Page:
was beckoning us to leave so soon. We’d spent less than 20 minutes at Cruz del Condor, a popular tourist stop on the southern rim of Peru’s rugged Colca Canyon, watching a breathtaking display of more than a dozen Andean condors swirling and swooping overhead. Yes, we were packed on to the vantage point like battery hens, but surely we could spend a few more minutes savouring the moment?
‘‘I have something else to show you,’’ he said, with a knowing grin, before driving us farther along the canyon to a completely secluded lookout with a pop-up champagne breakfast bar and private chef on standby. ‘‘This is our version of luxury in the wilderness,’’ said Mariano Takinami, our tour host and general manager of Las Casitas del Colca, a small and exclusive lodge near the gateway to the canyon.
As we tucked into flutes of fizz, scrambled eggs and rich Peruvian coffee, three magnificent condors swooped up from the canyon below and put on a show just for us. Pure magic. More: lascasitasdelcolca.com.
The horizon hovering over this surreal alternative universe has just begun to blush when we rise from chic tents at San Camp, tuck into oven-warm poppyseed muffins and tea and venture into the Kalahari Desert. Soon we’re trotting behind a clan of meerkats as they forage furiously for grubs. This is the only wild population in the world habituated to the presence of humans — in fact, they are so unfazed that they climb atop our heads for a superior vantage point. Later, we hare across the crunchy salt pan on quad bikes, laughing, exhilarated by the unnerving embrace of nothingness. But what’s that smudge on the horizon? In the middle of nowhere and nothing, staff from San Camp have deposited an icebox and a heavy wooden chest that unfolds to reveal the best-stocked pop-up bar in Africa. I raise a martini glass to the meerkats. More: classicsafaricompany.com.au.
If there is one thing that destroys luxury with a swift blow, it is a queue. What is worth shuffling a grey line for, apart from, perhaps, the Egyptian pyramids and the Taj Mahal, and yes, of course, the Sistine Chapel. For one look at that ceiling, I would gladly suffer the interminable queue, and then, once inside, the mandatory anaconda crush as a thousand strangers squeeze in. However, on one occasion I breezed into the Sistine Chapel on a VIP Vatican Tour and, bar nine others, had it all to myself. I could have run up and down or slid about in my socks; and I would have done exactly that were I not fixed to the floor, gazing up at God in the seconds before he created Adam. Nobody touched me, nobody breathed near me, nobody whispered. That golden solitude transcended luxury; they were 30 of the most privileged minutes of mylife. More: darkrome.com.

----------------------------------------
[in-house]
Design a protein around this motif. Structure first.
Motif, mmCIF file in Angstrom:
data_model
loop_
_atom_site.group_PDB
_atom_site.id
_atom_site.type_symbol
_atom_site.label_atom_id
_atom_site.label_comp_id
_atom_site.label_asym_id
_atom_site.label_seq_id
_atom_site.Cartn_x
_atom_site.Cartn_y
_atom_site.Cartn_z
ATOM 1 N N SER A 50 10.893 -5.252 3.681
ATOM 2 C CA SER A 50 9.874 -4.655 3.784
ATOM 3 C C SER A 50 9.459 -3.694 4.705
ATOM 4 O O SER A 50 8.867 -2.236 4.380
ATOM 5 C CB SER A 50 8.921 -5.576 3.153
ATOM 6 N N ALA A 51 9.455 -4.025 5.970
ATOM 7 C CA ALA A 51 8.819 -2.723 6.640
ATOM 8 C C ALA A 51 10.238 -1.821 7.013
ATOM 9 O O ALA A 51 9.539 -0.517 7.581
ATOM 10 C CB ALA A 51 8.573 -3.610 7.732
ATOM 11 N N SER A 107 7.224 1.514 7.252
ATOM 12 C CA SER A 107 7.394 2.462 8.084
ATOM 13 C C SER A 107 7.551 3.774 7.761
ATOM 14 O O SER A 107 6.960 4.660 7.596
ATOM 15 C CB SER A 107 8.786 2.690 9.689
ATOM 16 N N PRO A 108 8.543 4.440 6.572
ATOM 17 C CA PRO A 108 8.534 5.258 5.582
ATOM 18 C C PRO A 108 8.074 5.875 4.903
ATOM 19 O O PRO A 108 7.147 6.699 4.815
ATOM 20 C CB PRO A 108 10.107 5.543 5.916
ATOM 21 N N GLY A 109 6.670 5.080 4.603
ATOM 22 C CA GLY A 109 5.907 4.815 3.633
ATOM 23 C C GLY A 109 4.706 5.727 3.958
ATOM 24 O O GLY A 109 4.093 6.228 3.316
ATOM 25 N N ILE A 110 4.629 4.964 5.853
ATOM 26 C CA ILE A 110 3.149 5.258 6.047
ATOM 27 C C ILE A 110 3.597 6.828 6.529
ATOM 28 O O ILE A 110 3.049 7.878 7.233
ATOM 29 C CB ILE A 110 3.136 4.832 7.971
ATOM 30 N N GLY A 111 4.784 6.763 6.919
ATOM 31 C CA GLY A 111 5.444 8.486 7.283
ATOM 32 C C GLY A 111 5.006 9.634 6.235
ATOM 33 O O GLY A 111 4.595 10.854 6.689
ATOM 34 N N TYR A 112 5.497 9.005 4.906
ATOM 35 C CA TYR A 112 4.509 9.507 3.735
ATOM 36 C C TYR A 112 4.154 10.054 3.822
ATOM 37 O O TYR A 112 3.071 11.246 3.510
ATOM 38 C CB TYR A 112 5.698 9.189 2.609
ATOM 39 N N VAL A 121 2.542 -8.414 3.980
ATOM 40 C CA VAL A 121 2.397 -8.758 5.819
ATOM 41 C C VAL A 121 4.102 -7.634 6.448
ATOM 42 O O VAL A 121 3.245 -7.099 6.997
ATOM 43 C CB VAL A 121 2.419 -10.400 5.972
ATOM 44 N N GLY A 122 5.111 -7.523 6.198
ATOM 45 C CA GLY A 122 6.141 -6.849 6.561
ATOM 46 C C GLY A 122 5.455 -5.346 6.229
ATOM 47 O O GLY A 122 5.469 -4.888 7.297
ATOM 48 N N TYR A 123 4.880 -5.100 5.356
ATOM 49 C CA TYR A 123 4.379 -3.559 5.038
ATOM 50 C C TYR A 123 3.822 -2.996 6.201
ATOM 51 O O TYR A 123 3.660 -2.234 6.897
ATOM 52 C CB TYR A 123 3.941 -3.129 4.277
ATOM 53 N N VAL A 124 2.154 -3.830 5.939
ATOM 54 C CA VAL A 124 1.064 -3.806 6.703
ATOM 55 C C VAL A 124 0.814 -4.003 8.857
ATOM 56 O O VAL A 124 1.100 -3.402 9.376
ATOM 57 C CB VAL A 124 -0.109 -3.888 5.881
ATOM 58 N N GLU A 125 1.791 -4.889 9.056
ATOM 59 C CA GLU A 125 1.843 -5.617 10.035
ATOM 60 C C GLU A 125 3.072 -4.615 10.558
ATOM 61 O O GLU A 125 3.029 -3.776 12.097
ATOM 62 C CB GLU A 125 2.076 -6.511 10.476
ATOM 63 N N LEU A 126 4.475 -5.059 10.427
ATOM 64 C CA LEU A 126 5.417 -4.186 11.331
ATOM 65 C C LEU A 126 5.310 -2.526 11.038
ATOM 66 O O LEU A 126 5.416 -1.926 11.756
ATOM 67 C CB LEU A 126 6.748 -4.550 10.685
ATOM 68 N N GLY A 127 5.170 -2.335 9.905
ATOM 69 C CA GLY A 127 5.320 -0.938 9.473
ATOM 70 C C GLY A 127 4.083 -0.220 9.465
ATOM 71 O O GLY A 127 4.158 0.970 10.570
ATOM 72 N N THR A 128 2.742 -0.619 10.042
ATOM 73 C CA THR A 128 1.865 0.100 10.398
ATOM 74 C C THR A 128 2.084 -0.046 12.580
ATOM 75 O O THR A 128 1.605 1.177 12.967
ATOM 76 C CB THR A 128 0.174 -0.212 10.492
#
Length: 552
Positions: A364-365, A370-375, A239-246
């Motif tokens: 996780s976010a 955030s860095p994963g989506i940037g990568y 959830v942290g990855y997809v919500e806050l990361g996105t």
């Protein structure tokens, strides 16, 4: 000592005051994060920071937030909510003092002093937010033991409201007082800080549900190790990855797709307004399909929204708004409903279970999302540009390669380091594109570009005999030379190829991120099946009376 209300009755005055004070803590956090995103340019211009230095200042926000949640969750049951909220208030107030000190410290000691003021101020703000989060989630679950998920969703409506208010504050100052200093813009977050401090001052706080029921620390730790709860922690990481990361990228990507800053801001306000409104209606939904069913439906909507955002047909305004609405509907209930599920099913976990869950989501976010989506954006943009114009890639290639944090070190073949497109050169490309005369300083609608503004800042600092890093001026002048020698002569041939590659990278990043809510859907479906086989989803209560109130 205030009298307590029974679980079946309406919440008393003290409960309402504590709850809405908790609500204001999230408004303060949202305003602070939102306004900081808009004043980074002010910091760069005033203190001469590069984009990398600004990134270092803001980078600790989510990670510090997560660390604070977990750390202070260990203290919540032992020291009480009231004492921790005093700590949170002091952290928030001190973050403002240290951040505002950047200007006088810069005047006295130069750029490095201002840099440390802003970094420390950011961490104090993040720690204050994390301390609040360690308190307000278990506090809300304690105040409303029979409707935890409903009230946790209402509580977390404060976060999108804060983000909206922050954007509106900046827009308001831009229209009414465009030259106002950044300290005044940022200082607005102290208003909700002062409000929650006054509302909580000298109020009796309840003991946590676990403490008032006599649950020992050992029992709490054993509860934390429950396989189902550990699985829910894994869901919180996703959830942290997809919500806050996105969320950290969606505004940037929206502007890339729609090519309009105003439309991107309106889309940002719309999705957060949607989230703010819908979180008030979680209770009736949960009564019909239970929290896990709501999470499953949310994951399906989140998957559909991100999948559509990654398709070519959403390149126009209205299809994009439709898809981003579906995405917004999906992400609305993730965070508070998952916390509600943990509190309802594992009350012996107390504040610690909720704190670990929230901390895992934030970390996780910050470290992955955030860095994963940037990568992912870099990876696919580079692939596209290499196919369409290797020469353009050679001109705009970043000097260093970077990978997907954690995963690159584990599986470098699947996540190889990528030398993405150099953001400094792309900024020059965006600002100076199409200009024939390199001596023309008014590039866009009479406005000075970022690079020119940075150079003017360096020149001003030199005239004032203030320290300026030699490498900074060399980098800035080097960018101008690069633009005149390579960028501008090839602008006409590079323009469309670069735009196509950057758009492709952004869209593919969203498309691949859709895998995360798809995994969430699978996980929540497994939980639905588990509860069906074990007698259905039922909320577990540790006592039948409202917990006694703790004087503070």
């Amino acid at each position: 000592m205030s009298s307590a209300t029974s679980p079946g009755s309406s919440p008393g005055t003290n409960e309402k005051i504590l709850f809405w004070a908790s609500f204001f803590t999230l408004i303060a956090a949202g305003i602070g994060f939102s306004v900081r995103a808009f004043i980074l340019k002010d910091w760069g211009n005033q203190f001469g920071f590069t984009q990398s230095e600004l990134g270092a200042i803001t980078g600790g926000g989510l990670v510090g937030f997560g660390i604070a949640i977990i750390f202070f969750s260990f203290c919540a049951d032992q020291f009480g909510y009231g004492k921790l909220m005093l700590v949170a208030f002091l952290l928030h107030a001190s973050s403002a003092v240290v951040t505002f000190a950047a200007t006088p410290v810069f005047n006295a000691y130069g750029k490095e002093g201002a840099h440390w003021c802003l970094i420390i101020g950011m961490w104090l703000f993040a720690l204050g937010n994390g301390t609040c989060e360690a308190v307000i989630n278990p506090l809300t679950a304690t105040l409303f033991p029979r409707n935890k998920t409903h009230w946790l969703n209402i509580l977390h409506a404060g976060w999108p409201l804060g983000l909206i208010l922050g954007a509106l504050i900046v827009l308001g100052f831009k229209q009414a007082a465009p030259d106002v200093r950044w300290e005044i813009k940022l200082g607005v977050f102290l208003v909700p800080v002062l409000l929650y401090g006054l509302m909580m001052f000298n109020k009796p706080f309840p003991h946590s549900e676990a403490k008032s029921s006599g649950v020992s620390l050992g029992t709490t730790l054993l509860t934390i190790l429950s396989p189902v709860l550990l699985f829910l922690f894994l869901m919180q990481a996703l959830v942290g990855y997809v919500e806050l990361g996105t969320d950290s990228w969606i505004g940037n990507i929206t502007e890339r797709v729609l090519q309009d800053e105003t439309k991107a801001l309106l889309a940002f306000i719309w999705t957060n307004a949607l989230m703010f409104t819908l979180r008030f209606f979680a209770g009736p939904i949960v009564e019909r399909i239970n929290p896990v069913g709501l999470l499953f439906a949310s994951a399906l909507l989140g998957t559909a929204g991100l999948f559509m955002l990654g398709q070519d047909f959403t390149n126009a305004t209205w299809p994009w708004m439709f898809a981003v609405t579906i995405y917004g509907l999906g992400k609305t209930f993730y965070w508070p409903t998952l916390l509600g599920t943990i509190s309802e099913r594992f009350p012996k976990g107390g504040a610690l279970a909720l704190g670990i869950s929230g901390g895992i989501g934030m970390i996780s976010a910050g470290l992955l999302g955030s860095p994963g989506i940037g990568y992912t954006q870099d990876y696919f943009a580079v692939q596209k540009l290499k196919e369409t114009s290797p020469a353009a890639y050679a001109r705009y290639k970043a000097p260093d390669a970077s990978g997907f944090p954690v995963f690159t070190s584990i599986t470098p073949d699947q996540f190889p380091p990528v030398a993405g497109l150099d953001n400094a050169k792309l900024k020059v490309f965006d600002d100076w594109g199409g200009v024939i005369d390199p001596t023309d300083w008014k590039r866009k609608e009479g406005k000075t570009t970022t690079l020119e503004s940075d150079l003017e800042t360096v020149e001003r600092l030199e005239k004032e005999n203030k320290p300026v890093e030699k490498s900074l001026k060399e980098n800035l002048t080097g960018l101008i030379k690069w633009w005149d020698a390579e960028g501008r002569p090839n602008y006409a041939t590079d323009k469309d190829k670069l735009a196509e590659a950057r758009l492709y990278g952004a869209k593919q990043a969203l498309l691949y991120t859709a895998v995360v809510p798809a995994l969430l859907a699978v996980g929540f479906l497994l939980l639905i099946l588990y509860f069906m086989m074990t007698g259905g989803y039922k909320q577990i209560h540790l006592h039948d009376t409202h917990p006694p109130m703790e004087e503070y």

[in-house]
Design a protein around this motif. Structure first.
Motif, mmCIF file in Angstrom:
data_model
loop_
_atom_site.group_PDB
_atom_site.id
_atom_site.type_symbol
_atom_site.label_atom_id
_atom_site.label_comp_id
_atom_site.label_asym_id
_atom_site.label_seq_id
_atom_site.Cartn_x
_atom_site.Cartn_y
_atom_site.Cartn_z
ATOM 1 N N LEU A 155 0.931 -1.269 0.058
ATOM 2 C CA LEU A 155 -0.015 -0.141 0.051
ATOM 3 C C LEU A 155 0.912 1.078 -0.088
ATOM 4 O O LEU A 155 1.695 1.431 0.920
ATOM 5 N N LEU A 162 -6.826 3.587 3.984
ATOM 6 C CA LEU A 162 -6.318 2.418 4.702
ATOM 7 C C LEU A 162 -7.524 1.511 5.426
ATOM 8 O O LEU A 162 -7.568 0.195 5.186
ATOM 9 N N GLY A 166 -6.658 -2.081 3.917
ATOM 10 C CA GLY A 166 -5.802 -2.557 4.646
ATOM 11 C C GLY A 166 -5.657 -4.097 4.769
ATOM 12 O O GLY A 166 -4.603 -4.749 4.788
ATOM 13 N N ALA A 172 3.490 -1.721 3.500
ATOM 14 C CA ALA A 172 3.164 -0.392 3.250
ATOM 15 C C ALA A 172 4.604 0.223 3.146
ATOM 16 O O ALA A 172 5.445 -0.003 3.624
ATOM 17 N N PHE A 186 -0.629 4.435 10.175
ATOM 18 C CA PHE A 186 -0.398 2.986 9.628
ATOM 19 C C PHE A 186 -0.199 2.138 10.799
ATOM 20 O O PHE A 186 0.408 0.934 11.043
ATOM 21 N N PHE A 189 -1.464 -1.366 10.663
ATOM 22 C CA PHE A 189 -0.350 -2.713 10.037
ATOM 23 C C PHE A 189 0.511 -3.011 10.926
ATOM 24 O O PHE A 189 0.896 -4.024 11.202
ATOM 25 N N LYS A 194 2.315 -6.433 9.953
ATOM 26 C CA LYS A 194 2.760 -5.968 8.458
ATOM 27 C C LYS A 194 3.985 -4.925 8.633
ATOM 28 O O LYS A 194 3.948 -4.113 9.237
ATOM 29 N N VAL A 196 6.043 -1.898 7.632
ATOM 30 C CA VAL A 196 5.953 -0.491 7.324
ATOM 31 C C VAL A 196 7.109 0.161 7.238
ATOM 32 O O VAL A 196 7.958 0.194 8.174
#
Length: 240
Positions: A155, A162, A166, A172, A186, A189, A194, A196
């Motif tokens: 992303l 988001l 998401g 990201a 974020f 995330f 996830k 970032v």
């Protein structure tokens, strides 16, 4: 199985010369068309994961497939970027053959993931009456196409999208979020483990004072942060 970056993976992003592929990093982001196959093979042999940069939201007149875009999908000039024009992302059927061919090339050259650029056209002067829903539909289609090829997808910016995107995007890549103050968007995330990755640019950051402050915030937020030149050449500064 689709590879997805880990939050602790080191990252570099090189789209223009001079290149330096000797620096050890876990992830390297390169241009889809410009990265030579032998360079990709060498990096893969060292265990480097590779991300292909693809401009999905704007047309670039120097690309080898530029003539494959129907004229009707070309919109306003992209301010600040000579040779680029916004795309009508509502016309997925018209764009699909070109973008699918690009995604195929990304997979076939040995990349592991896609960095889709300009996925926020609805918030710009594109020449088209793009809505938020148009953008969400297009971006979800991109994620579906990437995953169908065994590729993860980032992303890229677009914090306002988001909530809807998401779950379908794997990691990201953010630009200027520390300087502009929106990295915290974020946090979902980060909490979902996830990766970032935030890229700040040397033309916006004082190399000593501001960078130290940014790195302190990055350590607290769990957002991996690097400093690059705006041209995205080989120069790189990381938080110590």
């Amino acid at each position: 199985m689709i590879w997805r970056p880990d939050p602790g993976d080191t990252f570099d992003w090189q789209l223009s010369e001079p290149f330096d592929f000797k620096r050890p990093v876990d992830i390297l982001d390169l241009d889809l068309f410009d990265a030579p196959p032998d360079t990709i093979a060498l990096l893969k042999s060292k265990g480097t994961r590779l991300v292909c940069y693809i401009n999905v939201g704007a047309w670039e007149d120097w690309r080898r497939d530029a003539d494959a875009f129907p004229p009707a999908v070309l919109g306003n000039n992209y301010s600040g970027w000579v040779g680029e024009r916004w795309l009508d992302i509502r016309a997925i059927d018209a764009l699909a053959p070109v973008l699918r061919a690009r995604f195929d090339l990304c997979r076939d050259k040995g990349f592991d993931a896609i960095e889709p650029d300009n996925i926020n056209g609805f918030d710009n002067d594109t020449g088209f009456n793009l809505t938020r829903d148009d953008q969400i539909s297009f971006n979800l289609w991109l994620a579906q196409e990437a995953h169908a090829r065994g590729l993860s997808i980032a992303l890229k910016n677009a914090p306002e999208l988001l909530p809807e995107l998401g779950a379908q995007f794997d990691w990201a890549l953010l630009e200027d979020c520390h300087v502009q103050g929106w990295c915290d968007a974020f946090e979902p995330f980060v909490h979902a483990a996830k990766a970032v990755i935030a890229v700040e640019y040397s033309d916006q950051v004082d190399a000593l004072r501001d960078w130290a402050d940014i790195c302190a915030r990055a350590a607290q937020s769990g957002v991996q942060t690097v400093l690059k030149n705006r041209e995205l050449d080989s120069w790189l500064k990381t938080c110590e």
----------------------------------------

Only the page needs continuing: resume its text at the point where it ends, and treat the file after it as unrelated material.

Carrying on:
Tea Trails is a linked accommodation circuit devised by Dilmah in the highlands of Sri Lanka; there are four classic colonial bungalows, wonderful service from resident staff and, of course, fine cuppas in abundance. More: wildlifesafari.com.au.
What could be more luxurious than an exclusive plunge pool; butler, chef and driver on 24-hour call; and a sense of interrupted seclusion? Yours at the honeymoon haven of Sungai Gold, a private villa in the Balinese village of Cepaka; next door is the threebedroom Sungai, ideal for house parties. More: bali-villasungai.com.
Aboard the glam liner Seabourn Odyssey, buy a Thermal Suite day pass for Spa at Seabourn to lie on warm tiled couches and cushioned waterbeds and to try the dipping pool, sauna, steam room, monsoon showers and outdoor hot tubs. More: seabourn.com.
On the new Royal Princess (T&I, June 22-23), book a poolside cabana in the adults-only Sanctuary on deck 17 and snooze or order sunny-coloured drinks between pampering spa treatments. More: princess.com.
While not an ultra-luxe abode, you’d go a long way to feel more genuinely looked-after than at Reggie Singh’s rather quirky heritage hotel, Chapslee Palace, in the Indian hill station of Shimla. More: chapslee.com.
A small-scale mobile safari with Botswana-based Uncharted Africa promises flexibility, great style and comfort, and wildlife almost on call. More: classicsafaricompany.com.au.
The Peninsula Hong Kong has a Fly & Dine experience that includes a swooping chopper tour of the territory combined with lunch or dinner at this grand-dame hotel, which turns 85 this year. More: peninsula.com.
Just 34 fishing fanatics and fresh-air devotees at a time get to hole up at King Pacific Lodge in British Columbia, Canada; this pop-up hotel (from June to September) is anchored at Barnard Harbour on Princess Royal Island and surrounded by the largest tract of intact (bear-dwelling) temperate rainforest on earth. More: kingpacificlodge.com.
A stay at Sanctuary Sussi & Chuma adjoining Zambia’s Mosi-oa-Tunya National Park gives you the racing Zambezi River virtually on the doorstep of your bush villa, the roaring Victoria Falls down the road and access to a reserve with protected white rhino. More: abercrombiekent.com.au.
A Bellini of prosecco and fresh white peaches at Venice’s Cipriani is a bucketlist essential. More: orient-express.com.
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A Tea Trails bungalow in Sri Lanka